______________________________________Formula C: Transfer developer.Water 1,500 mlSodium hydroxide 20 gSodium sulfite 100 gHydroquinone 12 g1-Phenyl-3-pyrazolidone 1 gSodium thiosulfate 10 gPotassium thiocyanate 5 gPotassium bromide 3 gWater to make up to 2,000 mlFormula D: Stop bathWater 2,000 mlCitric acid 10 gSodium citrate 35 g______________________________________
The printing plate thus prepared was mounted on an offset press (A. B. Dick 350 CD, trade name). The plate surface was wiped with a solution of the formula E and the plate was used in printing. The printing room was at a temperature of 22° C. and a relative humidity of 60%.
______________________________________Formula E:Water 400 mlCitric acid 1 gSodium citrate 3.5 g2-Mercapto-5-heptyl-1,3,5-oxadiazole 0.5 gEthylene glycol 50 ml______________________________________
Tap water was used for damping. The printing inks used were "F Gloss Sumi B" and "F Gloss Konai" supplied by Dainippon Ink and Chemicals Co. The last-named ink "F Gloss Konai" was one of those which were liable to cause toning when used with conventional offset printing plate. The ink receptivity and the tendency to cause toning were evaluated in the following way:
(1) Ink receptivity: sheets of printing paper were fed as soon as the inking roller comes into contact with the printing plate surface, using an ink "F Gloss Sumi B". Ink receptivity was evaluated by counting the number of sheets printed before a good quality print has been obtained.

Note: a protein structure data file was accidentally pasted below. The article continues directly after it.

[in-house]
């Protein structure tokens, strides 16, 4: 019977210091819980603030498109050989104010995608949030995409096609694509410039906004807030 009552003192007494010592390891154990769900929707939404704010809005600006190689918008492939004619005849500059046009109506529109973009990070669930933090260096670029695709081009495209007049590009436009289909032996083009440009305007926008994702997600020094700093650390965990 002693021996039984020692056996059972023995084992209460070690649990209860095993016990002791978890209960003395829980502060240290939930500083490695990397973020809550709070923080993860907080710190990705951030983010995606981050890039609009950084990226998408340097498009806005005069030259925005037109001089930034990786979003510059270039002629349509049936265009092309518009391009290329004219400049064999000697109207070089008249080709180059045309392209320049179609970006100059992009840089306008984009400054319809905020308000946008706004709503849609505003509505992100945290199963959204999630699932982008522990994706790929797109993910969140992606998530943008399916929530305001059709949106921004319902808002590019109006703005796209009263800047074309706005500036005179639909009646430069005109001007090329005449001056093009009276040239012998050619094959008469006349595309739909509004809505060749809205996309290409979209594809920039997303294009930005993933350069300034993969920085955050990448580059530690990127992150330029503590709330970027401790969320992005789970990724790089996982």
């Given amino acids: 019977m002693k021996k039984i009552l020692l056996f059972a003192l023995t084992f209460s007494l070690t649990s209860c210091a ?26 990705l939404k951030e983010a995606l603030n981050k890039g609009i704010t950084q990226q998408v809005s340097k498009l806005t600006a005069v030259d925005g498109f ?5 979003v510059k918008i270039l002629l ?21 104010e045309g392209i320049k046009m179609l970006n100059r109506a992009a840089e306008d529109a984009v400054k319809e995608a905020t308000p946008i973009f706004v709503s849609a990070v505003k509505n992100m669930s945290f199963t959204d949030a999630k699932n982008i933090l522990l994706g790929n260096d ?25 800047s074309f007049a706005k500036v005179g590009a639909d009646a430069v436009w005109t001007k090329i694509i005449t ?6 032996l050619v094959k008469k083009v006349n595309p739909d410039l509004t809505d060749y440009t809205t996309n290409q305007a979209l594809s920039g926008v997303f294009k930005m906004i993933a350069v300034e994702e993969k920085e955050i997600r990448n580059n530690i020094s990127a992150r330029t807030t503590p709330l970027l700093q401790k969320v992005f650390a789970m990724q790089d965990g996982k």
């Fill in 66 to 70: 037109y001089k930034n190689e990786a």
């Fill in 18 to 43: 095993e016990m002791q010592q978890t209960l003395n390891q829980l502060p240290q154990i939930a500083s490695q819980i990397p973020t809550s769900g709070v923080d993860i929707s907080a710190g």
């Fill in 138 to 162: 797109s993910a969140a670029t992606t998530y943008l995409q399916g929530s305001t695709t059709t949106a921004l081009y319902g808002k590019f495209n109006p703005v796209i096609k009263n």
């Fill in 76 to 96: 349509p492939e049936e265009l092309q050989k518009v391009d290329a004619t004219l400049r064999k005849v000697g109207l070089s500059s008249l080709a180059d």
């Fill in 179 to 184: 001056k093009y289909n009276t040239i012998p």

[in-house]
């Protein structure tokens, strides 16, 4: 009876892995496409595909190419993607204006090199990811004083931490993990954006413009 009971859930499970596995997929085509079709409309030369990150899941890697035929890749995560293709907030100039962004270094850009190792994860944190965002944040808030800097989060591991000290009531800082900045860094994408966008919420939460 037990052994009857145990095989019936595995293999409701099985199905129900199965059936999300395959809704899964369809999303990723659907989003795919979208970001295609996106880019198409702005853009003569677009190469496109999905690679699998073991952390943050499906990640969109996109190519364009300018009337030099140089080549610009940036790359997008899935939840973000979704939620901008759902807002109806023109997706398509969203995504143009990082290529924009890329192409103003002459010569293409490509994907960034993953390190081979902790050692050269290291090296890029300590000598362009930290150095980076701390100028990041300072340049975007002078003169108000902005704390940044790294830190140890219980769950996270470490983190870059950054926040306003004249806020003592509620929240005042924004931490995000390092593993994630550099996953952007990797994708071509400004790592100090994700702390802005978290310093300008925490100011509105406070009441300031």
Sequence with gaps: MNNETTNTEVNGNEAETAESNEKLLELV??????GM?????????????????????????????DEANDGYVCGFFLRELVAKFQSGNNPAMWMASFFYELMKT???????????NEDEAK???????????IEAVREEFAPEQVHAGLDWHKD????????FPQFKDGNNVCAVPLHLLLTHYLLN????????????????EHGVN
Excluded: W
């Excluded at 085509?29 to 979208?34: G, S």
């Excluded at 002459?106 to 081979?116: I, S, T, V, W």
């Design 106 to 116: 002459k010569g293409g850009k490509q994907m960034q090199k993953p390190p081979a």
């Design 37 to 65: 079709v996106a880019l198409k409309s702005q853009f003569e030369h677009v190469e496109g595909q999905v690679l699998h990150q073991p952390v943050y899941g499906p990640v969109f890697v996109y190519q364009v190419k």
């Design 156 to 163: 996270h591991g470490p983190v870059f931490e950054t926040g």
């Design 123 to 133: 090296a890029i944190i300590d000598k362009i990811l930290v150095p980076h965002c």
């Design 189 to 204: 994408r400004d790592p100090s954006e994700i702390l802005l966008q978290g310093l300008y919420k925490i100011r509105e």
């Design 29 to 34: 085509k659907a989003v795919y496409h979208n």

(2) Evaluation of toning tendency: Toning tendency was evaluated by inspecting 1,000 sheets printed with "F Gloss Konai". The rating was as follows: O: No toning detected; Δ: partial of slight toning; X: heavy toning all over the printed sheet.
In addition to the evaluation of printing characteristics, compatibility of each polymer with the palladium sulfide sol was evaluated in preparing the coating solution. The rating was as follows: O: good; Δ: coagulation accelerated but the mixture was remained stable for at least 10 hours; X: immediate coagulation, forming precipitates.
The results obtained were as shown in the following table.
Table__________________________________________________________________________ Compatibility Ink with Pd receptivityPlate Polymer sulfide (number ofNo. No. sol sheets) Toning Remarks__________________________________________________________________________1 1 O 15 Δ2 2 O 15 Δ3 3 O 15 O4 4 O 15 O5 5 O 15 O6 6 O 15 O7 7 Δ 20 O8 8 X -- --9 9 X -- --10 10 O 15 O11 11 O 15 O12 12 O 30 O13 13 Δ 40 O14 15 O 20 Δ15 16 O 30 O16 19 O 20 O17 20 Δ 40 O18 21 O 20 O19 Gelatin X redispersible <100 O Poor ink deposition on heating20 Polyvinyl O 70 O Poor ink density in alcohol image area21 Polyvinyl O 50 X " pyrrolidone22 CMC O 70 X "23 None -- 15 X Blank test__________________________________________________________________________
The above results confirmed the effectiveness of polyfunctional polymers according to this invention.
The procedure of Example 1 was repeated, except that in preparing the printing element, the coating solution of the following composition containing the physical development nuclei was applied over the emulsion layer.
______________________________________Palladium sulfide sol treatedwith an ion-exchange resin(Example 1) 100 mlHydroquinone A gPolyfunctional polymer(polymer No. 5 in Example 1) B g10% Saponin 2 mlWater to make up to 2,000 ml______________________________________